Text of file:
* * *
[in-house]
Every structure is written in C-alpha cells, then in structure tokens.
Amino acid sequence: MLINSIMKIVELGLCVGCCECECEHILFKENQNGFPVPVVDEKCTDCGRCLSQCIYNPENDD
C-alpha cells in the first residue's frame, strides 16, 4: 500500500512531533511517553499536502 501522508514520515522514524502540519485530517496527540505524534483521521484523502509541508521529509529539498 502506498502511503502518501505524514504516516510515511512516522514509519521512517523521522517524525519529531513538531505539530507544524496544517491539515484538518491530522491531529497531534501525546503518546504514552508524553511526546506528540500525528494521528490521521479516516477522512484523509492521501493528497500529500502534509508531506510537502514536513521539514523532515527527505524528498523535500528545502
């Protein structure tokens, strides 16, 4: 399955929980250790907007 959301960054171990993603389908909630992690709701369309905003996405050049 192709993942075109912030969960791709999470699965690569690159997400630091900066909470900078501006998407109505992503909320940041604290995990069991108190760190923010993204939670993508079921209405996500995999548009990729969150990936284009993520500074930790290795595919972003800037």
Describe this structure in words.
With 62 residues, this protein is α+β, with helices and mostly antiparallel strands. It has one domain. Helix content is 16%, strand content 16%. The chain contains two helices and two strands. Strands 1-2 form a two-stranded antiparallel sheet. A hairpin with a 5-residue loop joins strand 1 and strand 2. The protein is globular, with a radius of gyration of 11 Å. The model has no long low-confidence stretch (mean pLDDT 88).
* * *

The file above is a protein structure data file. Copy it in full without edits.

[in-house]
Every structure is written in C-alpha cells, then in structure tokens.
Amino acid sequence: MLINSIMKIVELGLCVGCCECECEHILFKENQNGFPVPVVDEKCTDCGRCLSQCIYNPENDD
C-alpha cells in the first residue's frame, strides 16, 4: 500500500512531533511517553499536502 501522508514520515522514524502540519485530517496527540505524534483521521484523502509541508521529509529539498 502506498502511503502518501505524514504516516510515511512516522514509519521512517523521522517524525519529531513538531505539530507544524496544517491539515484538518491530522491531529497531534501525546503518546504514552508524553511526546506528540500525528494521528490521521479516516477522512484523509492521501493528497500529500502534509508531506510537502514536513521539514523532515527527505524528498523535500528545502
């Protein structure tokens, strides 16, 4: 399955929980250790907007 959301960054171990993603389908909630992690709701369309905003996405050049 192709993942075109912030969960791709999470699965690569690159997400630091900066909470900078501006998407109505992503909320940041604290995990069991108190760190923010993204939670993508079921209405996500995999548009990729969150990936284009993520500074930790290795595919972003800037």
Describe this structure in words.
With 62 residues, this protein is α+β, with helices and mostly antiparallel strands. It has one domain. Helix content is 16%, strand content 16%. The chain contains two helices and two strands. Strands 1-2 form a two-stranded antiparallel sheet. A hairpin with a 5-residue loop joins strand 1 and strand 2. The protein is globular, with a radius of gyration of 11 Å. The model has no long low-confidence stretch (mean pLDDT 88).